Customize for the Local Community

Kritz said that instead of copying what competitors are doing, banks should pay attention to the unique culture and needs of the local community they are looking to expand into. For example, if coffee shops are woven into the fabric of the neighborhood, then go ahead and add a cafe into a branch. But if an area is more known for dog walking, consider creating dog-friendly spaces.

"What I tell banks is: ‘You do you,’” he said. “Stop trying to do the thing that the guy across the street is doing because you're not being true to your own brand. Find out what you are and then own it.”

The goal should be seamlessly integrating the branch into the lifestyle and rhythms of particular locations. When customers feel like a bank “gets” their community and is responding to actual needs, they’ll be more inclined to make it their go-to financial institution.

“Create an environment where the customer is valued, where the customer is participating in not only their own experience but the experience of others,” he said.

Looking Ahead

The future of retail banking will be defined by flexibility and meaningful customer experiences. To stay relevant, bank branches must move away from the rigid, transactional models of the past and empower the consumer.

"The teller line as we've known it is effectively dead,” he said. “Bury it and put a stake in the ground."

In its place, Kritz sees many more self-service stations in branches, much smaller, market-appropriate branches of 750-1,000 square feet (maybe even located in renovated shipping containers), and spaces to simply hang out.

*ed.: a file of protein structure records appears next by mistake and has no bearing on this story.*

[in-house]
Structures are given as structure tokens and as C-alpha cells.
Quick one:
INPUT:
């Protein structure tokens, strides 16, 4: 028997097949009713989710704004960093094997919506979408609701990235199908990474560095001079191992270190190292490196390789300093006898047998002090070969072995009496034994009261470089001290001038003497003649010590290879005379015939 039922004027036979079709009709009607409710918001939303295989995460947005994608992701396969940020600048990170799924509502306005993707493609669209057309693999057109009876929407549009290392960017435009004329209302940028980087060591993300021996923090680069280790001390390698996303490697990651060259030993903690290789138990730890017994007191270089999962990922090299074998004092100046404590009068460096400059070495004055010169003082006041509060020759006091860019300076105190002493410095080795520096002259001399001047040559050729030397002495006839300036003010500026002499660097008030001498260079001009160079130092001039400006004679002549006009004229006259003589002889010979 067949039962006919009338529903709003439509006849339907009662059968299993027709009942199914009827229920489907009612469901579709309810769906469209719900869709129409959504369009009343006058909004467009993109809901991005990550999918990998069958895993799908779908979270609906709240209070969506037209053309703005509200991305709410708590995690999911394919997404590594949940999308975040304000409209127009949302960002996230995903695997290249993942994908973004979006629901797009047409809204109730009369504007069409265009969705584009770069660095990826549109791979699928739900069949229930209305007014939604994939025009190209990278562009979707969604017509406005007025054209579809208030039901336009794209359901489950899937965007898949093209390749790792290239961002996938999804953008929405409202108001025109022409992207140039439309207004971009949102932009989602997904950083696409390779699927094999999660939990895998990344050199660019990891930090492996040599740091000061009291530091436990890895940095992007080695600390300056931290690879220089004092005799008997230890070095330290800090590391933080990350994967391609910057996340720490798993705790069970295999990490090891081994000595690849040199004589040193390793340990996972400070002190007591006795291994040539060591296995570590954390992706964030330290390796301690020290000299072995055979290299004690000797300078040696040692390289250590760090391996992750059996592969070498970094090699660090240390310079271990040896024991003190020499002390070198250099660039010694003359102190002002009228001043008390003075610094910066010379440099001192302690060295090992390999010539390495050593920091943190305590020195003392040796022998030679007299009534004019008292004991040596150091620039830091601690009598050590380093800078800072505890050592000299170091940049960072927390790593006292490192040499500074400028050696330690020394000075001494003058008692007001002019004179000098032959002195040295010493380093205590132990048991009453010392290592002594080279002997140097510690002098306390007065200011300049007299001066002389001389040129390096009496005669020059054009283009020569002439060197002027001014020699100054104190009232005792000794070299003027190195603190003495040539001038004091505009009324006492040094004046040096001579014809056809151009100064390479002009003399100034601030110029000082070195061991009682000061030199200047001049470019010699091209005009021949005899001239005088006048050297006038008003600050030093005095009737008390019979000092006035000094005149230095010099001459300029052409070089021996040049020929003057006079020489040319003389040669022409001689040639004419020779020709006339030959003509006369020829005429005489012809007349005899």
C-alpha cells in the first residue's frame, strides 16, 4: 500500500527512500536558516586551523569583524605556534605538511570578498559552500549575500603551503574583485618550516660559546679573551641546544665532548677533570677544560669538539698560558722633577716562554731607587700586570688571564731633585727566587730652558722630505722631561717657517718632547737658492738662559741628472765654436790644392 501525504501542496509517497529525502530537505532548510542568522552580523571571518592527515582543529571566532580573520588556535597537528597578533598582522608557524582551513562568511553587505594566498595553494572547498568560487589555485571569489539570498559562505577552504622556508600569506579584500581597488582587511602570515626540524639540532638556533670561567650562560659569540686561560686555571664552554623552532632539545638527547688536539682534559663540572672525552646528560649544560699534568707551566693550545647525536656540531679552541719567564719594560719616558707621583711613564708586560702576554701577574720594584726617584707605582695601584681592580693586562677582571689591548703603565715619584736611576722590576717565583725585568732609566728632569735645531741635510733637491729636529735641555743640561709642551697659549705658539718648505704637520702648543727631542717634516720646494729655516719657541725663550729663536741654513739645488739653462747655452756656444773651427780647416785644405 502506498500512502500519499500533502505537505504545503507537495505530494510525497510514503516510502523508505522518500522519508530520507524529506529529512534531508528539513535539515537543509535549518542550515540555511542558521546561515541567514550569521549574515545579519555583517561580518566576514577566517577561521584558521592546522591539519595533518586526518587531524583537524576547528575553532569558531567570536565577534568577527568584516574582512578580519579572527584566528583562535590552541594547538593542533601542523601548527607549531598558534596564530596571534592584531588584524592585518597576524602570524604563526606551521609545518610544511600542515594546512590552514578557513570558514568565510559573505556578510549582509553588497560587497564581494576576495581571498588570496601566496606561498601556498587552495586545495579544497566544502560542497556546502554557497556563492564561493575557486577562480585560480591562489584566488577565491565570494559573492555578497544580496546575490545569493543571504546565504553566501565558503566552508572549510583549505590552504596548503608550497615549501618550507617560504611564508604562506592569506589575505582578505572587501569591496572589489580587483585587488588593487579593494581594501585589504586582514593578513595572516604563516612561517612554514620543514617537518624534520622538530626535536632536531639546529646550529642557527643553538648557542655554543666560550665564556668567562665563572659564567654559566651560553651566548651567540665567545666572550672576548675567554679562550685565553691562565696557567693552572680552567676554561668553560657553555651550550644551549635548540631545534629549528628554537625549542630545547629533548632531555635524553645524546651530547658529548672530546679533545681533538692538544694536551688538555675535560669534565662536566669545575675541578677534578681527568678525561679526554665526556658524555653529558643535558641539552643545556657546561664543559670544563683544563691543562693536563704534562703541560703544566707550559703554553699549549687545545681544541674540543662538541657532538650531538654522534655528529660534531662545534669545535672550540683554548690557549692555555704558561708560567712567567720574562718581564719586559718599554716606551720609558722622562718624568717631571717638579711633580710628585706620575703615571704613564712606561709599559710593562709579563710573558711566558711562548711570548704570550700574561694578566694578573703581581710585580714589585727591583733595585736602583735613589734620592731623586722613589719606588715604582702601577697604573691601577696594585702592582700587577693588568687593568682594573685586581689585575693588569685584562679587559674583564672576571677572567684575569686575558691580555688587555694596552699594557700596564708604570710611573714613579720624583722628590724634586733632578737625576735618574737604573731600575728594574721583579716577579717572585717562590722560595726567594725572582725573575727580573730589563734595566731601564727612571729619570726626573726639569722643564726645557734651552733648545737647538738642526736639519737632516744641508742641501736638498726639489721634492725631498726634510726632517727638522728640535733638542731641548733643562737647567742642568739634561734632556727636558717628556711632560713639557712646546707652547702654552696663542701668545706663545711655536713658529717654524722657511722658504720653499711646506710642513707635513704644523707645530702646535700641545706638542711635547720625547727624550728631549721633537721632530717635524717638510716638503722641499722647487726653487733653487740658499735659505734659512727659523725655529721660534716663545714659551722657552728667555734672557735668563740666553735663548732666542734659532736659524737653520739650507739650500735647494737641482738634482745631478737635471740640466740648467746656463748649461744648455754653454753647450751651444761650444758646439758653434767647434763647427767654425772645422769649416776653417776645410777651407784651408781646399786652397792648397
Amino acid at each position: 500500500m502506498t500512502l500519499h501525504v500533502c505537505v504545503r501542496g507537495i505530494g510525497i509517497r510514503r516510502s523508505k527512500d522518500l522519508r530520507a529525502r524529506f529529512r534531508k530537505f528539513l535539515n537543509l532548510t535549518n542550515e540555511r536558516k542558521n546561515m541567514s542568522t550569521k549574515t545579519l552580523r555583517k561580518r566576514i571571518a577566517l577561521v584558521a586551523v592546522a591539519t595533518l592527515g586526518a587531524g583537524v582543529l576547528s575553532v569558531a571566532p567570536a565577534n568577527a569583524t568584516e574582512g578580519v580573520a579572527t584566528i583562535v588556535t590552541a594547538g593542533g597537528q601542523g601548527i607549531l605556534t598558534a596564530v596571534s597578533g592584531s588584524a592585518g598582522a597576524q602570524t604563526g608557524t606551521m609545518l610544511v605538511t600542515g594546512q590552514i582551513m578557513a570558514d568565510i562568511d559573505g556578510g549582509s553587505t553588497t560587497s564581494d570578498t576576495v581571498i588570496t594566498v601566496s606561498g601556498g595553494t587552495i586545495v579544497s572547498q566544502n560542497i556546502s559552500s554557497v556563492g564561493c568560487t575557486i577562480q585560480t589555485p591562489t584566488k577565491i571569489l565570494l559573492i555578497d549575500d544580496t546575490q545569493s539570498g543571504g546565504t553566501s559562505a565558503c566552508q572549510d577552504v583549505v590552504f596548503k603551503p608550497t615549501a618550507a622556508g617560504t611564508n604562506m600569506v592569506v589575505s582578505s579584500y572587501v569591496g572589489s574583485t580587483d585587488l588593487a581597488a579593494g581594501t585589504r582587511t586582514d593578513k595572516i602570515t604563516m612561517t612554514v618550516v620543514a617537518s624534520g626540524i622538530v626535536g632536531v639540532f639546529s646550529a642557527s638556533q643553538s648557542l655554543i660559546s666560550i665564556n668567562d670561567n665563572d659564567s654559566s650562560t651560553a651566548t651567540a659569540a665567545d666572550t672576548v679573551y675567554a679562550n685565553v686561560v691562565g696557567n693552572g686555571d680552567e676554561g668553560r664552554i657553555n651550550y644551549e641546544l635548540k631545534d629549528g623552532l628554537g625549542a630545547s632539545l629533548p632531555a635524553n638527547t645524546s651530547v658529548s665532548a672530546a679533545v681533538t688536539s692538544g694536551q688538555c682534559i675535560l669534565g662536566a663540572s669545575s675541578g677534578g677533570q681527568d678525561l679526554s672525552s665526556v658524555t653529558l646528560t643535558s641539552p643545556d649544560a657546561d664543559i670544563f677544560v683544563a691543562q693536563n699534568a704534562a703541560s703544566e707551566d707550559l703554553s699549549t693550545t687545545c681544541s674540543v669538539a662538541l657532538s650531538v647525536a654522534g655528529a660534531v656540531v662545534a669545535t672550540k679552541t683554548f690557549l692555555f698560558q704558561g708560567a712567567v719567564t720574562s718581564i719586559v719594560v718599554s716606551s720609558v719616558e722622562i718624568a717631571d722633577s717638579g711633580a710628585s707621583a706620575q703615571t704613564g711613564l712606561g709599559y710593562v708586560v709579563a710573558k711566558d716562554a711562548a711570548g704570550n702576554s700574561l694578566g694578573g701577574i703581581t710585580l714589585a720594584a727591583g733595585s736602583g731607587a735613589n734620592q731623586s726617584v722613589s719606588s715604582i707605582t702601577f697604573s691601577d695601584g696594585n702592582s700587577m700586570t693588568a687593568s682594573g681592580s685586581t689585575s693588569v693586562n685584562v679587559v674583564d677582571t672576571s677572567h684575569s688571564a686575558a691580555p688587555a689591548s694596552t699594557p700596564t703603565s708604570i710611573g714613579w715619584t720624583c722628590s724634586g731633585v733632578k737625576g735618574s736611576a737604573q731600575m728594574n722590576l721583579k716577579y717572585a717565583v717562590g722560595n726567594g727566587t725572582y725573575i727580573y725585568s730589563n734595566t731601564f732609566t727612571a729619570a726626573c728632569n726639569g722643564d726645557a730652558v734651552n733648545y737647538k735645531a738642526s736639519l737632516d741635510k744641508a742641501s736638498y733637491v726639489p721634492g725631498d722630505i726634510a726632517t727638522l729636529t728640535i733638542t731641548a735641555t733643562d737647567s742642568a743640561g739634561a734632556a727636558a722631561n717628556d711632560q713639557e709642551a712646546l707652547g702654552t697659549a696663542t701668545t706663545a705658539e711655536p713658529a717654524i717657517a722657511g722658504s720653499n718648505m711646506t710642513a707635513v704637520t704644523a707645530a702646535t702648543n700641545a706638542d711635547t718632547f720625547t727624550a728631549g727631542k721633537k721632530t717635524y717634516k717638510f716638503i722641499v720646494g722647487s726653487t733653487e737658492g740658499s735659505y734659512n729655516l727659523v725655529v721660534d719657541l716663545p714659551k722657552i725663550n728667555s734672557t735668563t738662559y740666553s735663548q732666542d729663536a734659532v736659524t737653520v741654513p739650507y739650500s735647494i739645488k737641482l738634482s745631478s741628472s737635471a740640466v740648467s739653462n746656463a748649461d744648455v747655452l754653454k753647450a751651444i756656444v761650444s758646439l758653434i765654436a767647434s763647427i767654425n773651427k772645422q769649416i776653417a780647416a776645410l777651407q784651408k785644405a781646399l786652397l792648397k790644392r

"I think we're gonna see a lot of self-serve. and a lot more kiosks,” he said. “The interactive teller machine, while a great idea, probably won’t thrive, however.

"I see sleek, beautiful self-service kiosks that are intuitive and easy to use. But you can throw as much tech at the wall as you want to – if you’re not creating meaningful experiences in your physical space, the tech won’t matter.” 

Not to be forgotten are the employees needed to staff next-gen branches. Financial institutions need to understand that quality employees who complement the physical design of a branch can come from anywhere, Kritz said. 

“While experience design is a major component, the missing link in the chain tends to be related to employees. Gen Z, and all people for that matter, trust people they relate to,” he said. “To accomplish that, banks and credit unions must rethink how they hire and train the employees of tomorrow. Hiring a banker from across the street should no longer be preferred over potentially hiring a great person from Best Buy and simply teaching them banking.”

Chris Killian

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Chris Killian is a Detroit-based content producer and veteran journalist focused on innovations and tech trends in industries such as healthcare, manufacturing, education, and more. In his spare time, he likes to cook, play guitar, and work on his ’84 VW Westphalia, Harry, trying to coax him into another open-road adventure.